You know what? I ask this question a lot. As a child, my parents always had “different” people sitting at our dinner table. Most of their stories I didn’t know until I had grown up and left home. But I’ve shared dinner with ex-cons and CEOs – all at the same table! I owe my parents a debt of gratitude for giving me that experience. It taught me more than any book or sermon ever could.

    Reply
    • @bibledude

      I love that your parents did this! My wife and I have been talking more recently about connecting more with ‘regular’ people… regardless of religious belief. And we’re realizing that ‘regular’ people have all kinds of stuff in their lives, some obvious and some not so obvious.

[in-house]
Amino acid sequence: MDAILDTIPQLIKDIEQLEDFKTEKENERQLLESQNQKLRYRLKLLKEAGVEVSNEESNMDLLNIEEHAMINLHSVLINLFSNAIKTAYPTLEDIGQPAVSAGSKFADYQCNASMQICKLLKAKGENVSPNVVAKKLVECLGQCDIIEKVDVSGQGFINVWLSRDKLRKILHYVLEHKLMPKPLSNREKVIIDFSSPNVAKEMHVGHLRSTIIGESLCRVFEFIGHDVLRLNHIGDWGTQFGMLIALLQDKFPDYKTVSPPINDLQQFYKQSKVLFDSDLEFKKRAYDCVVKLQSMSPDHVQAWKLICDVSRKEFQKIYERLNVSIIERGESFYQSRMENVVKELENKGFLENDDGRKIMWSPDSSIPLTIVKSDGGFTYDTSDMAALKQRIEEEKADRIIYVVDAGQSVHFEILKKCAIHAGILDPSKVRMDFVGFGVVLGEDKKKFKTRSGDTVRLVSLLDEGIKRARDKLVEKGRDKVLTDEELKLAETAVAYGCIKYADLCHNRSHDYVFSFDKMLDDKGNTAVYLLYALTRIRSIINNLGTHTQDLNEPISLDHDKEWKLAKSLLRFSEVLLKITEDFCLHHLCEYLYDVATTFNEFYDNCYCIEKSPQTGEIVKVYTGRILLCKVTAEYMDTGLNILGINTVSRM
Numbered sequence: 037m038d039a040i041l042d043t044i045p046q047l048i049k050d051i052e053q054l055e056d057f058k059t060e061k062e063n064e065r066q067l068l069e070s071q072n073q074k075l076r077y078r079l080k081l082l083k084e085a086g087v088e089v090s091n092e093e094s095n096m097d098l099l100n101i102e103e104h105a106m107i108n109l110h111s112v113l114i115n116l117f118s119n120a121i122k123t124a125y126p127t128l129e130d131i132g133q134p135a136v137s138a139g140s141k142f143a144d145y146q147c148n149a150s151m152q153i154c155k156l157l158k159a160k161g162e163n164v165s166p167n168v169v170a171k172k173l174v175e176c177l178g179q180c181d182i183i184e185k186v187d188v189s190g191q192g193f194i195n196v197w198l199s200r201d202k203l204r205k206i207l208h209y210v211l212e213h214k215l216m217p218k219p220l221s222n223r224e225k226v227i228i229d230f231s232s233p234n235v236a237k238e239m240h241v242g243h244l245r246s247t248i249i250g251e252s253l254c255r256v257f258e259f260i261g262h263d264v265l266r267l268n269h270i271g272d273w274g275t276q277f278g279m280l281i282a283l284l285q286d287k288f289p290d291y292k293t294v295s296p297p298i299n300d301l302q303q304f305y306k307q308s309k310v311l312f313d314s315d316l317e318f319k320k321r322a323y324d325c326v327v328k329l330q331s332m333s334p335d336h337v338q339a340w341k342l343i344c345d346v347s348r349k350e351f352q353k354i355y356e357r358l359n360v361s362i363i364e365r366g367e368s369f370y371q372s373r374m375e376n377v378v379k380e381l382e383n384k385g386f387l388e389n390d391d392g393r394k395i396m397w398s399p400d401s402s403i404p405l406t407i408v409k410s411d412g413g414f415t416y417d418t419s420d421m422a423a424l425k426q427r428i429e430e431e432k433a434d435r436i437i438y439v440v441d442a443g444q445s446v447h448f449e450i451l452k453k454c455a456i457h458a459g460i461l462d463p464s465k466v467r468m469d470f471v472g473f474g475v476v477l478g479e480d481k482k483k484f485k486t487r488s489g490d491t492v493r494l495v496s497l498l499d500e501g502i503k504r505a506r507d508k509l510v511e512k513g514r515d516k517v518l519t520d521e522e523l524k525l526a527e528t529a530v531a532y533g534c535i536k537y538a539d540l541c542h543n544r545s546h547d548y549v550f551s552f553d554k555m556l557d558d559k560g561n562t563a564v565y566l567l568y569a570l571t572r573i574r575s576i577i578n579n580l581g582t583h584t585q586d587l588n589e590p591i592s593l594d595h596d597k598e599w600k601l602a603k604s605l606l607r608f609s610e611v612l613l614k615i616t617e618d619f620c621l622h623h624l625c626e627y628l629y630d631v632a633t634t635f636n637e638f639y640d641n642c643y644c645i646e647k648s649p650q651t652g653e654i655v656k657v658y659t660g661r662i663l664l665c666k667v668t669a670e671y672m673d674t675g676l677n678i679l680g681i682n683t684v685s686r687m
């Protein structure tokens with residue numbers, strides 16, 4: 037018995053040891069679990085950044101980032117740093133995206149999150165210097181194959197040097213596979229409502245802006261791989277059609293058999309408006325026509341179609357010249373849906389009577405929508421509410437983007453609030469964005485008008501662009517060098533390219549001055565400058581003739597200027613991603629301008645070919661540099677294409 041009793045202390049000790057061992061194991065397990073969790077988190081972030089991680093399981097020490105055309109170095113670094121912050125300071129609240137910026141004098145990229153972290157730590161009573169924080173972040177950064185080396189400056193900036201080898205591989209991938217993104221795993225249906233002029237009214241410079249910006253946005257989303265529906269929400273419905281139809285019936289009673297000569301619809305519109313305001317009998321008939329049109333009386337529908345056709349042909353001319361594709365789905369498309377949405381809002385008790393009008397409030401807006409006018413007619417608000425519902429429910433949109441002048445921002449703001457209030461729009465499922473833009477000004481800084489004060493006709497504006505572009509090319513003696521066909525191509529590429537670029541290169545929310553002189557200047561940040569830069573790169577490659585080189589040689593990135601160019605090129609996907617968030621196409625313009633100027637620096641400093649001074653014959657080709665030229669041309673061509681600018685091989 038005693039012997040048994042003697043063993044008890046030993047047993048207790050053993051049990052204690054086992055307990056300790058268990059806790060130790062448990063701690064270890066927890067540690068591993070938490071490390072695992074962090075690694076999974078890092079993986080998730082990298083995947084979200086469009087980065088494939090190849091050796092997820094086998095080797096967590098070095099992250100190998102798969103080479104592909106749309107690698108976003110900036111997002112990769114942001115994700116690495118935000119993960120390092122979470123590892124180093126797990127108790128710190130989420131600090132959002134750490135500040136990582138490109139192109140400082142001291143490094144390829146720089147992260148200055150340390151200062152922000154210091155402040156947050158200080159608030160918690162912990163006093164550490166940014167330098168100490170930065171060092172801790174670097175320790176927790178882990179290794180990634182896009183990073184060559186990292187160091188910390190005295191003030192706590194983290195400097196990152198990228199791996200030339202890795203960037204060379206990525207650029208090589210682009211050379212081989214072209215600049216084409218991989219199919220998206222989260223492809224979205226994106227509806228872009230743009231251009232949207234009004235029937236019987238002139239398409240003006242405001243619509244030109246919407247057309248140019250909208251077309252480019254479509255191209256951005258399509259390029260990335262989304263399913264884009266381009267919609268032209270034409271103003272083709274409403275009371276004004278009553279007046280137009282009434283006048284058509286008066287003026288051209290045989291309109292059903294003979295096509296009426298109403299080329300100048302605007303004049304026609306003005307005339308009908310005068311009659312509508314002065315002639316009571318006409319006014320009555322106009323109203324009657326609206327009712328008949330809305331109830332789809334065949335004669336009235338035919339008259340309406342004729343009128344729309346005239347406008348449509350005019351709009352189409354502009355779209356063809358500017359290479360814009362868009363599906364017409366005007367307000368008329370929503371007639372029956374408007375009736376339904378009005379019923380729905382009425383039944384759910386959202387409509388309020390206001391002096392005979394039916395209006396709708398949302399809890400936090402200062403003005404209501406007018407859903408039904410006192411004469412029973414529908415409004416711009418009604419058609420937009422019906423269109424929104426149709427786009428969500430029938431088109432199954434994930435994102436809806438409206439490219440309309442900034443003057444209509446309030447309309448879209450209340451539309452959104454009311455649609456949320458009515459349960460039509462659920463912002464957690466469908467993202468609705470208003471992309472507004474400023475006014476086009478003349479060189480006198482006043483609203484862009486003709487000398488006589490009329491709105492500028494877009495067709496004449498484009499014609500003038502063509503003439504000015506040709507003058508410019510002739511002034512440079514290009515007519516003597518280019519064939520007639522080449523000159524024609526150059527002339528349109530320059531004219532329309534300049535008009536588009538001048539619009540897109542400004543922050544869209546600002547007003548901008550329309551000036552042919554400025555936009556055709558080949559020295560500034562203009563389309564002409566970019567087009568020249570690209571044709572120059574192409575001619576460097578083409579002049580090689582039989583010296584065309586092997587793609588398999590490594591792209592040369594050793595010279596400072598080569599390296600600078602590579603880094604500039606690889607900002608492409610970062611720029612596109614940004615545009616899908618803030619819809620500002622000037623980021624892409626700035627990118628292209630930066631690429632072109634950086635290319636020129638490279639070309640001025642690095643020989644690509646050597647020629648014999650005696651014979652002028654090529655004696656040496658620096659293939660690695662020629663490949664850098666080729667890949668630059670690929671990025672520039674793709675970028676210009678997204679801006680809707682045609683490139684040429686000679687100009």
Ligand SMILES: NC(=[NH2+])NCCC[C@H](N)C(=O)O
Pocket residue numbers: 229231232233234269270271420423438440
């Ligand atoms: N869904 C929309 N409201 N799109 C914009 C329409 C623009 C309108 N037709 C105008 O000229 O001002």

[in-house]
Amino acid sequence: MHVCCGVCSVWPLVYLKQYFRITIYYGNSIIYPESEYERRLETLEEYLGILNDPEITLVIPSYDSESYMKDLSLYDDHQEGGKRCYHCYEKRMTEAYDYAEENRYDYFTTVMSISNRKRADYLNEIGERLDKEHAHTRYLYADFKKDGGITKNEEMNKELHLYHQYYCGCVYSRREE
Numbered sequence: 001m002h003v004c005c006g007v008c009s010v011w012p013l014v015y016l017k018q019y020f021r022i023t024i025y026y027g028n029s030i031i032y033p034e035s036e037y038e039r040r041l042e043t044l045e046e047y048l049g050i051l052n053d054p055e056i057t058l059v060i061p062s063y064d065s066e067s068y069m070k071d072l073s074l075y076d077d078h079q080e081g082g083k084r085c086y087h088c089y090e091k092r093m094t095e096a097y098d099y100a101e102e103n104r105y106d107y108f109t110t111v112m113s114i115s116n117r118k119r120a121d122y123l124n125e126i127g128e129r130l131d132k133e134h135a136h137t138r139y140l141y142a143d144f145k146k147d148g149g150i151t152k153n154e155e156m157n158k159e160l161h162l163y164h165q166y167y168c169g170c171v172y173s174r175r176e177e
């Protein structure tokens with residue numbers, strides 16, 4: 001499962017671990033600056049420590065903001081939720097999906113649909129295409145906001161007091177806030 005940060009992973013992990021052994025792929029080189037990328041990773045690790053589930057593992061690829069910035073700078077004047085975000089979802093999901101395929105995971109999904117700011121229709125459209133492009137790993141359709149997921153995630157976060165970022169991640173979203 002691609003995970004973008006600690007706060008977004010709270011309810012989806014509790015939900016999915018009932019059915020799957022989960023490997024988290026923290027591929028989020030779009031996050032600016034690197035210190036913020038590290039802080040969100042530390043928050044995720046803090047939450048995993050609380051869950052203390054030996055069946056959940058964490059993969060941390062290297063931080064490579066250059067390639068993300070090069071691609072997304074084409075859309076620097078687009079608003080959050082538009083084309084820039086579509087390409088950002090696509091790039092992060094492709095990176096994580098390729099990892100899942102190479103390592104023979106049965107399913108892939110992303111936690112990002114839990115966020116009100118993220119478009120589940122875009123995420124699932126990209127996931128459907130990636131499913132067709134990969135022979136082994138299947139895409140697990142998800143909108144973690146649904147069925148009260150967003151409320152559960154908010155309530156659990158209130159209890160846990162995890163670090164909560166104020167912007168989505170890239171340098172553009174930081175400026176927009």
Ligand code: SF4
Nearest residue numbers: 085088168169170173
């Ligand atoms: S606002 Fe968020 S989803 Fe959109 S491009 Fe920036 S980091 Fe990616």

Thank you for sharing this experience! #fistbump

      Reply
      • Mark Lafler

        It seems that many of us need to fellowship more with those outside of our faith or comfort zone.  Perhaps we place too much emphasis on fellowshipping with friends only.

        Reply
  5. J.Armstrong

    As always, Mark, great column!